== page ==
It’s the end of the world as we know it … and I’m going to have to feel fine.
Yesterday, Google dropped a bombshell on The Internet. They’re hoping you don’t notice, and the truth is you probably won’t unless you’re been using the Internet long enough to remember what it’s like to go searching for the content you need instead of it getting pushed to you.
On July 1, Google will turn off Google Reader. In and of itself, this doesn’t sound like it means very much, because there are many, many ways to read news and other information on the Internet, whether you do so from your desktop computer, tablet, or SmartPhone.
And after I finish telling you why The Death of Google Reader matters, I’m going to finish by saying that ultimately The Death of Google Reader doesn’t matter, for exactly the reasons Google is trotting out and I’ve already mentioned: there are other ways to get information.
There’s a business case behind Google’s decision to shut down Reader: because nobody needs Reader any more, the resources they put into supporting what has become essentially a legacy support project are better deployed elsewhere. And looking at statistics for how people have come to Answer Guy Central in the last thirty days it’s hard to argue:
Yep. Less than one in 500 Answer Guy Central visitors gets here with the help of an RSS reader, which underneath the hyperbole is all Google Reader really is or has ever been. That’s called ‘acceptable loss’ in almost any world, and even more so when you’re Google.
In fact, there’s a good chance you don’t know what the phrase ‘RSS Reader’ means, and that’s the point, too. But here’s where it gets a little ugly; as I said, it’s looking like ‘don’t be evil’ don’t be important no more to the Big G.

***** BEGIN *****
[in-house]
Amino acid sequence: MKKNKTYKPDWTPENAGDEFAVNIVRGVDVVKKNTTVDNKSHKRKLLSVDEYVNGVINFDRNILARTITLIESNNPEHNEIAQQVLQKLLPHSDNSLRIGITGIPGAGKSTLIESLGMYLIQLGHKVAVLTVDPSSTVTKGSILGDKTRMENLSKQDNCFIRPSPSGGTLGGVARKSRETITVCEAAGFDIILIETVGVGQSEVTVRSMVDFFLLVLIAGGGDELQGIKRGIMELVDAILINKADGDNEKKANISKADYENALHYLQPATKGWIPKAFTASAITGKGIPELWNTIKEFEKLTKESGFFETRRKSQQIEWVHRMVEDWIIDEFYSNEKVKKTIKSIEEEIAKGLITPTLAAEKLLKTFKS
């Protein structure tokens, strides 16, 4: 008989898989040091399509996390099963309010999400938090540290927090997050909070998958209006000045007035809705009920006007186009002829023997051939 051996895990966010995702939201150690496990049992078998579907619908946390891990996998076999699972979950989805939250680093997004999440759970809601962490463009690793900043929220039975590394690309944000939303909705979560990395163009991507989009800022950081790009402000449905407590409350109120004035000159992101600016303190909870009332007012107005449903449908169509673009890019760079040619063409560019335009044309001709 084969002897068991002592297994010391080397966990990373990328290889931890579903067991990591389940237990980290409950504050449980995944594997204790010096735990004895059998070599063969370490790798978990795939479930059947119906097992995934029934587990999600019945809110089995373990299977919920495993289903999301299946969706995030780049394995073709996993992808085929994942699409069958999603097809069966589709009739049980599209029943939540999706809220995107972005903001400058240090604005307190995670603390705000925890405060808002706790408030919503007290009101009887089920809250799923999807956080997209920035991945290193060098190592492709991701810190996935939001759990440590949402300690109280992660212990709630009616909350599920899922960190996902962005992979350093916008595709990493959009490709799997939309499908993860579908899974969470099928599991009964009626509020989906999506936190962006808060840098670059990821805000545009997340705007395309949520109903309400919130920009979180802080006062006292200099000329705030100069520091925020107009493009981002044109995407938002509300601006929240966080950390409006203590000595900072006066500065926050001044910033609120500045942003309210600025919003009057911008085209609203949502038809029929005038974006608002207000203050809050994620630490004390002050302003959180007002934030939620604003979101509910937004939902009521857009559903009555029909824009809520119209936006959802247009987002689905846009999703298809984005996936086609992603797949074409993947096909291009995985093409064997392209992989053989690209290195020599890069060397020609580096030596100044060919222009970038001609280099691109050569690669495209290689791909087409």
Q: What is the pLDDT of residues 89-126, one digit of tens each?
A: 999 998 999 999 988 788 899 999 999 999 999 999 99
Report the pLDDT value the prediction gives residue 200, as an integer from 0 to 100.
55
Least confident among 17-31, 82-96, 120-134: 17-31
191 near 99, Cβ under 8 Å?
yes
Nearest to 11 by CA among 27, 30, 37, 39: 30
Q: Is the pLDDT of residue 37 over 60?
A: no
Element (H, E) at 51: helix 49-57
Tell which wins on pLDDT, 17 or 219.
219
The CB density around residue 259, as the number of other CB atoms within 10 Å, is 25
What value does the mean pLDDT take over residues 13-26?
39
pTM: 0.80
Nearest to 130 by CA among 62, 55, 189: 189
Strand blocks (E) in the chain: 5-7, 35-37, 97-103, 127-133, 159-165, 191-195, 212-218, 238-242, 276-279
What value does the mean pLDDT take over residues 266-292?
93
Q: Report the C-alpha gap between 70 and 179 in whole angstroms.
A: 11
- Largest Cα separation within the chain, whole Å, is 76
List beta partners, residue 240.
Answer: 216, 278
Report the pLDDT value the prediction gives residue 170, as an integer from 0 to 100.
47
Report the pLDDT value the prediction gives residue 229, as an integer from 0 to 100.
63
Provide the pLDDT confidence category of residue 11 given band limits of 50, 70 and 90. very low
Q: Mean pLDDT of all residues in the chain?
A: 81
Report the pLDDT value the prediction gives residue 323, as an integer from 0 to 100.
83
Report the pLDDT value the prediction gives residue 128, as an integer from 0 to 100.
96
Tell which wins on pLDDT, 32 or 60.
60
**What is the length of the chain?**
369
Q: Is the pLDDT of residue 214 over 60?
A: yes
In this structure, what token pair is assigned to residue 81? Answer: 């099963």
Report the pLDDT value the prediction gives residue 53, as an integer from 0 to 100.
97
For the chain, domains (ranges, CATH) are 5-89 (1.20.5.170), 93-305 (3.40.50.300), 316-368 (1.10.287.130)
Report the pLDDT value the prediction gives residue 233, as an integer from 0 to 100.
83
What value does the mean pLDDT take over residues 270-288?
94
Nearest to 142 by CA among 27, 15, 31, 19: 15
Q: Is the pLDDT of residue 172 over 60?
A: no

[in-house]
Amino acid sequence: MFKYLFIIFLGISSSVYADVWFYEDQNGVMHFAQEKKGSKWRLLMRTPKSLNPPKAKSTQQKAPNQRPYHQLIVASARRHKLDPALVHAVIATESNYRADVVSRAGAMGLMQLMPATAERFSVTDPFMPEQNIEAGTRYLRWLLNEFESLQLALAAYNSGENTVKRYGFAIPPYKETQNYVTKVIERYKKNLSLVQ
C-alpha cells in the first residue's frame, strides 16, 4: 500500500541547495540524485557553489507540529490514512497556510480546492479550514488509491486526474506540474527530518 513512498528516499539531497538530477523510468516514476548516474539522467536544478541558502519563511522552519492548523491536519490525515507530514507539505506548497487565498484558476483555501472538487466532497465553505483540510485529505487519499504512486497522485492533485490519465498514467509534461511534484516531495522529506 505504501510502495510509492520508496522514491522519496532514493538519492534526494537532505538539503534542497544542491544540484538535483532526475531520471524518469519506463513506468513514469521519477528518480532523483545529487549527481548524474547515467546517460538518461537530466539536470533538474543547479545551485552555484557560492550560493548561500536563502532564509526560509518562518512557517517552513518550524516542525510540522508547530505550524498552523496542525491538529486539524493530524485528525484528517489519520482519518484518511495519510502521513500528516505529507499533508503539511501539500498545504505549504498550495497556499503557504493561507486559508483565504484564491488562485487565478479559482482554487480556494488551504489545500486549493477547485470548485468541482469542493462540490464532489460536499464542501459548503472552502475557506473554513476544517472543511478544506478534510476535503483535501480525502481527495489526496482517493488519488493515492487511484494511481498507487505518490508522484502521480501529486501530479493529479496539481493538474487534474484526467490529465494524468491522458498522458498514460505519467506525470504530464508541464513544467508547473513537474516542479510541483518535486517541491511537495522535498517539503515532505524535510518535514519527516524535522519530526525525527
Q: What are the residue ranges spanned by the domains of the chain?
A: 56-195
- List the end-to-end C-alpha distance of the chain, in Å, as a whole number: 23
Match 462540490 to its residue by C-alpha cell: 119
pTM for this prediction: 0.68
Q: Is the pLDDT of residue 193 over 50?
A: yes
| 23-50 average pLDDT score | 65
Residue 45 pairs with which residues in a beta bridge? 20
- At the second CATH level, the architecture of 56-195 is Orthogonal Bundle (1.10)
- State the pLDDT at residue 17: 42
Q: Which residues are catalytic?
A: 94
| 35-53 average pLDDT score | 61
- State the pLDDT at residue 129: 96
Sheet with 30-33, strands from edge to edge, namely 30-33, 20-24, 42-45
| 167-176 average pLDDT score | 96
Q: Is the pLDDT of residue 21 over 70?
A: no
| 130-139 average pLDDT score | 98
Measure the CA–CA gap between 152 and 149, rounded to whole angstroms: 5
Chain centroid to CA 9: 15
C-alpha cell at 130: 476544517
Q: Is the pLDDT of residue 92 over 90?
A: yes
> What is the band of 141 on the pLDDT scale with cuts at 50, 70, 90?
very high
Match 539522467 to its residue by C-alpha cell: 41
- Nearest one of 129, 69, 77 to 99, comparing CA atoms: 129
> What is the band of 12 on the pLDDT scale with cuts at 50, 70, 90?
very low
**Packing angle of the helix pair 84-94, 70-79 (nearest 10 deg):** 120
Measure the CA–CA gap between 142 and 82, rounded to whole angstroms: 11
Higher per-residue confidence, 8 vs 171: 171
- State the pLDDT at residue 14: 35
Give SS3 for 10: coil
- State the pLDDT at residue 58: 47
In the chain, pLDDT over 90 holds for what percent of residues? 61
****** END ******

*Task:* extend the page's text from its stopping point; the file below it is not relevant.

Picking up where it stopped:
Last year, in a similar “spring cleaning’, Google announced that another product of theirs that had become a bit of a relic was being ‘sunsetted’. iGoogle, which
is was Google’s ‘start your Internet experience with us’ tool to combat My Yahoo and the AOL homepage, is also getting shut down. That one bothers me even more than the death of Google Reader, because I use iGoogle as my home page; it’s a great dashboard to keep track of all the things I’m constantly checking, and when it goes away I’ll have to find a new one. Google’s public rationale was the same as they’re going with for Google Reader: there are other tools available.
But that isn’t really the story here. In either case.
Google is so large, it has the resources to keep legacy products and services like iGoogle and Google Reader running without the costs that doing so entails even so much as showing up on a departmental budget. Call that a ‘public service’ if you like. And I’m not in charge of Google’s philanthropic efforts, but … just sayin’.
What this is about, though, is that when you use an RSS Reader to get your news, you effectively bypass most advertising. Google’s in the advertising business; they don’t want that. How much does Google hate when people bypass advertising opportunities? Yesterday, Google also announced that ad-blocking software will no longer be allowed in the Google Play Store.
As I said, the death of Google Reader doesn’t really ‘matter’. Those of us—that .18% of the world—who are using it will find other ways to do business (contact me here if you need help).
On the other hand, Google Reader going away is a pretty great illustration of what I wrote about yesterday: you want to own your own cloud—even your OwnCloud.
It’s a lot to take in. Want to help The Answer Guy fight back? Then please, feel free click one of these lovely advertisements from the Google Ad Network 😉 :